Music by Poul Ruders
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In the opening of Poul Ruders' Symphony No 2 (1995-96) I hear the spinning
cries of swifts constantly on the wing, soaring around the sky, and disappearing
into silence with the threat of rainfall, the onset of which their instincts
sense for fear of being brought down to the earth from which they would
not be able to rise. (Click to listen).
Throughout its large-scale single movement, there appears to be a play
between that wheeling flight of freedom and the powerful menace of earthly
care that gradually beats those freedoms into submission, for 26 minutes
later, after the 'soundings and changes' of the symphony's subtitle ('Symphony
and Transformation'), the dramatic momentum of the pounding rhythm that
has been fermenting in the background overpowers all (click
to listen) and the massive piece ends beneath a still darkened sky,
though the thunder has rolled away. (Click to listen).
Poul Ruders is 50 this year and has, over the last decade, become one
of only a small group of Danish composers to gain an international acknowledgement
of his powerfully distinctive imagination and immense skill as a colourful
and sensitive orchestrator. There is no awkward contrivance and half-learned
craft about this orchestral writing. It is polished clean and serves its
Gothic atmospheres clearly. The music is about using and changing textures,
about polyphony and judiciously scaled rhythms, and it has shapes in a Renaissance
sense rather than melodic fragments and classical motifs.
Ruders uses his material as Gesualdo might have done, had there been
an orchestra for the scurrilous Prince to use! Ruders' first symphony was
a BBC commission for the 1990 Promenade Concerts, the first in seven years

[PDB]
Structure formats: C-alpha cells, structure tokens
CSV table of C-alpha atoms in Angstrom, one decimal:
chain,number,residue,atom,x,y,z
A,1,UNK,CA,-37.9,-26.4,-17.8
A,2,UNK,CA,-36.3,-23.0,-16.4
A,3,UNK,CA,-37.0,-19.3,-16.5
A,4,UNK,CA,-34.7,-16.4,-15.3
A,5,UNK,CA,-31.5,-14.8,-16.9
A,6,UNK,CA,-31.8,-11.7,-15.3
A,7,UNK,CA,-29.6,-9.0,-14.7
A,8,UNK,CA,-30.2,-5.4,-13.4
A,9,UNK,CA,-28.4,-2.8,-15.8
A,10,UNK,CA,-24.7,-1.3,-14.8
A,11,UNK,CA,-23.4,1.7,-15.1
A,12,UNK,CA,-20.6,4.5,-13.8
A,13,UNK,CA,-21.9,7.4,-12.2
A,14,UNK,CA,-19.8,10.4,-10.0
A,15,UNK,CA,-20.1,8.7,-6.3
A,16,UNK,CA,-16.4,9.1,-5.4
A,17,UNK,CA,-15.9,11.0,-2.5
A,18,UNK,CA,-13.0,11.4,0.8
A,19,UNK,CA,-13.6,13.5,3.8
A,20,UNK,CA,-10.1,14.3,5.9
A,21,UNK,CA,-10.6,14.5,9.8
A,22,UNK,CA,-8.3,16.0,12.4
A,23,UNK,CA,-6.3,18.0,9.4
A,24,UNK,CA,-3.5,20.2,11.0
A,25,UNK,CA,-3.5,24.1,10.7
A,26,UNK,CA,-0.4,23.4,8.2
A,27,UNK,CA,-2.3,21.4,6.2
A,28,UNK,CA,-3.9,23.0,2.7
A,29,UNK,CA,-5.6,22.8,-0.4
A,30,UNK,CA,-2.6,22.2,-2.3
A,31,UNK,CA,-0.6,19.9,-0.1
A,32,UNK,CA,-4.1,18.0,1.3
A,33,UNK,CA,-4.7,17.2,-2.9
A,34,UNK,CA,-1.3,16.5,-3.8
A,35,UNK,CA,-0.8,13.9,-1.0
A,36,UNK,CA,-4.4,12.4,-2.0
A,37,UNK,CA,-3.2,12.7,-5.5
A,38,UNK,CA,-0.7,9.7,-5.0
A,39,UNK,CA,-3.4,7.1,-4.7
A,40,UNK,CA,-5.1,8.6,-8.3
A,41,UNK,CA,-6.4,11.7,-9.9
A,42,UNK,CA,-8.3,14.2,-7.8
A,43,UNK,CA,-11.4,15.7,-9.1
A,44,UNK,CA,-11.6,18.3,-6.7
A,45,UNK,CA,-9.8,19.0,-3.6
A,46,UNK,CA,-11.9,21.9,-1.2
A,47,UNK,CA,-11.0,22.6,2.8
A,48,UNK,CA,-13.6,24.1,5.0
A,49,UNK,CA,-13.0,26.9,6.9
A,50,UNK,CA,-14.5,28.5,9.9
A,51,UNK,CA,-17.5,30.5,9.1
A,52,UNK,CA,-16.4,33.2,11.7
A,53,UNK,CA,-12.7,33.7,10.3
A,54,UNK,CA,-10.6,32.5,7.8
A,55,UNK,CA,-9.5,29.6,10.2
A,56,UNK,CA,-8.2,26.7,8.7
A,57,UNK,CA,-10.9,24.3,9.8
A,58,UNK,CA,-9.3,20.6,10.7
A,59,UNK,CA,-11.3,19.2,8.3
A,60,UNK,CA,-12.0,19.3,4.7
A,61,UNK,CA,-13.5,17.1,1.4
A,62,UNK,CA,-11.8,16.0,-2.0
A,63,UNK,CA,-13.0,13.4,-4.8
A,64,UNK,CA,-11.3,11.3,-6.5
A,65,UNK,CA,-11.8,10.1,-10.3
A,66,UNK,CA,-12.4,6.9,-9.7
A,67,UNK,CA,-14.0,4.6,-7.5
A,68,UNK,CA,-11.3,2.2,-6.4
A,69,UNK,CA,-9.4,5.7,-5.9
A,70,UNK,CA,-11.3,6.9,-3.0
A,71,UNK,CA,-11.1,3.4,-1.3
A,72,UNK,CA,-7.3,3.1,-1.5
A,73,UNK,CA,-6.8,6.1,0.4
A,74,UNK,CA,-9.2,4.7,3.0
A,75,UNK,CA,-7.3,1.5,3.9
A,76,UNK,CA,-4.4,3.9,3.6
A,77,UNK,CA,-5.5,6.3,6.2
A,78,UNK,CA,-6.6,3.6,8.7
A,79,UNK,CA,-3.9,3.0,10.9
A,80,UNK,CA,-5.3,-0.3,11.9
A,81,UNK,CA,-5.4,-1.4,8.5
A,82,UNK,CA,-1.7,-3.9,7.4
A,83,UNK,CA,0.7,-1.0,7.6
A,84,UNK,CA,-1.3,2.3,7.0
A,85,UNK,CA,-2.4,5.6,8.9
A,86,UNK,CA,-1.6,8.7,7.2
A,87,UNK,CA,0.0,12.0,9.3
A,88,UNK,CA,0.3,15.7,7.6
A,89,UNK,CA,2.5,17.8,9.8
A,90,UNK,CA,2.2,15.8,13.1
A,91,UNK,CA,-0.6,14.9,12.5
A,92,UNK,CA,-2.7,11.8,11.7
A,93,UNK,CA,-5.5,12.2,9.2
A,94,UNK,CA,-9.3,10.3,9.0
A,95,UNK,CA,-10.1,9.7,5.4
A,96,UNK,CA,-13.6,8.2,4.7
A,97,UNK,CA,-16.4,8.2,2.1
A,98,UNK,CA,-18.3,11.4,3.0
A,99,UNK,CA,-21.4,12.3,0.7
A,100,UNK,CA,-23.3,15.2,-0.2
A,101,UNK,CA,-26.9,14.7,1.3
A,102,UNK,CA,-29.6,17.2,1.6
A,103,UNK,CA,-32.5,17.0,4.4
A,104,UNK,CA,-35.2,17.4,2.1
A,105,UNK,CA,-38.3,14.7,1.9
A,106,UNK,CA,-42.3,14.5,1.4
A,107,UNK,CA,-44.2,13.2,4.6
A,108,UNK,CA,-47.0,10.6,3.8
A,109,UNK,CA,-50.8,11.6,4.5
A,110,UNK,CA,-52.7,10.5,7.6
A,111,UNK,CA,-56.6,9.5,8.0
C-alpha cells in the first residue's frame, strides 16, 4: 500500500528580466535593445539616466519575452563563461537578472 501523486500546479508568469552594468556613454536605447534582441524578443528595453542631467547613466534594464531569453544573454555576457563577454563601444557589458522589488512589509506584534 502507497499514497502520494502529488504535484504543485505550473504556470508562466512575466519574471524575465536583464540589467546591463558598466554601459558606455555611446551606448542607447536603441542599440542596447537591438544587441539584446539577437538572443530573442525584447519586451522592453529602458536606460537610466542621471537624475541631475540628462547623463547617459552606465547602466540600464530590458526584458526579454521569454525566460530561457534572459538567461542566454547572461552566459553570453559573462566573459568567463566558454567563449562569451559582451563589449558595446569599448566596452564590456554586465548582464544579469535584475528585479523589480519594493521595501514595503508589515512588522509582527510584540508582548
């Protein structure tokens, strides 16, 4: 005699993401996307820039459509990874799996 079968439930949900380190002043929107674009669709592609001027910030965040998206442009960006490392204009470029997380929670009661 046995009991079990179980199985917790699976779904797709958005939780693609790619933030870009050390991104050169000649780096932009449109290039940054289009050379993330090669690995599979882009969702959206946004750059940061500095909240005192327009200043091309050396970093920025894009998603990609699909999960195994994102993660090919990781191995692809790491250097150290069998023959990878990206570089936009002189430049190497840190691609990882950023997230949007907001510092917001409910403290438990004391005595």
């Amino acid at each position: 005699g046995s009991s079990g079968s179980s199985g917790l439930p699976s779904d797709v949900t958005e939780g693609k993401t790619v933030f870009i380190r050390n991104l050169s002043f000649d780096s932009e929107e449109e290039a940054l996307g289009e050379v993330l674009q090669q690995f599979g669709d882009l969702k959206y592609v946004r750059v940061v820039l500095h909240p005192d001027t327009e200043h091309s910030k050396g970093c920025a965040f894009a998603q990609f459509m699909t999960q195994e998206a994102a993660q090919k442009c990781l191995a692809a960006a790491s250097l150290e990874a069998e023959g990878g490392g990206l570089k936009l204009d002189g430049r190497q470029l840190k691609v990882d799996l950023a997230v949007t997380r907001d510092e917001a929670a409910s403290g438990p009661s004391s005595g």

to be offered to a composer outside the UK.
Five years later, the same summer festival heard his Viola Concerto,
and he made a highly positive impression (as a good composer should) on
the 'Last Night' Proms audience in 1996 by using his orchestrational skills
in a good humoured reworking of Purcell to show off the sounds of the orchestra.
The complementary work on this new Danish Radio CD is a three
movement Piano Concerto of 1994, played by the young (35) British pianist
Rolf Hind whose repertoire of new works is formidable.
This is a piece of immense beauty. It begins as if the piano were swimming
in a pool of brightly lit water (click to listen)
and rises to a strident climax through a sequence of musical events that
have the character of variations, each one making a thorough exploration
of its material before casting it aside to swim along to another, eventually
disappearing, quite suddenly, beneath the surface. The second movement is
a slow, languid, mesmerising falling of notes like heavy drops into the
pool, some of which make wide rings of string sound as they roll away, the
shimmering hanging with a transparent glow. And the succint 'prestissimo'
finale is a scattering of scales around strong supports (click
to listen) that eventually evaporate, like cascading bubbles, upwards
and away out of sight. (Click to listen).
The Danish National Radio Symphony Orchestra is conducted by Markus Stenz
in the Piano Concerto, and Michael Schønwandt in the live recording
of Symphony No 2.
I must be enthusiastic about this music, for whilst it is challenging,
it is also fascinatingly inventive, it has beauty and poise - and the composer's
technical mastery is both heard and felt.
One can have confidence in this sort of artist.
Copyright © Patric Standford,
July 17th 1999
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Symphony No. 2 (Symphony and Transformation) (1995-6)
Piano Concerto (1994)
Rolf Hind, piano
Danish National Radio Symphony Orchestra
Markus Stenz and Michael Schønwandt, conductors
8.224125 DDD 55'11
Recorded in cooperation with Danmarks Radio
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